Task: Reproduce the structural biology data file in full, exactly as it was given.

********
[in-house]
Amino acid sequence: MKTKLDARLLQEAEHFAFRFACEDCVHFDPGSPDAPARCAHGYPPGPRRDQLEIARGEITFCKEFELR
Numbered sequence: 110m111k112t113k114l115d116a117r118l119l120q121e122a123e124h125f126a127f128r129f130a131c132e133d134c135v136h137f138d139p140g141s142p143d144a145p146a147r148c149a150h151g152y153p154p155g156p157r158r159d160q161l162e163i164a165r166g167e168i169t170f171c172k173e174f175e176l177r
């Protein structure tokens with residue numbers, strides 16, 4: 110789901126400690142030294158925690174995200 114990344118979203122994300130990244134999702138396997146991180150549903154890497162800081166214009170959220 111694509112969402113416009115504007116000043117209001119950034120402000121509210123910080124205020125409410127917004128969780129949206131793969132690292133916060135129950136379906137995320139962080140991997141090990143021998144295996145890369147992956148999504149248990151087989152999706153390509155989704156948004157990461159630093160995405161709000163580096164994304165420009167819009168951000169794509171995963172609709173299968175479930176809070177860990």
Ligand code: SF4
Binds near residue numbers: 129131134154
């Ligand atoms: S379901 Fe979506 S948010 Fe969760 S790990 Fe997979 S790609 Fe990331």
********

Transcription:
[in-house]
Amino acid sequence: MKTKLDARLLQEAEHFAFRFACEDCVHFDPGSPDAPARCAHGYPPGPRRDQLEIARGEITFCKEFELR
Numbered sequence: 110m111k112t113k114l115d116a117r118l119l120q121e122a123e124h125f126a127f128r129f130a131c132e133d134c135v136h137f138d139p140g141s142p143d144a145p146a147r148c149a150h151g152y153p154p155g156p157r158r159d160q161l162e163i164a165r166g167e168i169t170f171c172k173e174f175e176l177r
């Protein structure tokens with residue numbers, strides 16, 4: 110789901126400690142030294158925690174995200 114990344118979203122994300130990244134999702138396997146991180150549903154890497162800081166214009170959220 111694509112969402113416009115504007116000043117209001119950034120402000121509210123910080124205020125409410127917004128969780129949206131793969132690292133916060135129950136379906137995320139962080140991997141090990143021998144295996145890369147992956148999504149248990151087989152999706153390509155989704156948004157990461159630093160995405161709000163580096164994304165420009167819009168951000169794509171995963172609709173299968175479930176809070177860990």
Ligand code: SF4
Binds near residue numbers: 129131134154
């Ligand atoms: S379901 Fe979506 S948010 Fe969760 S790990 Fe997979 S790609 Fe990331």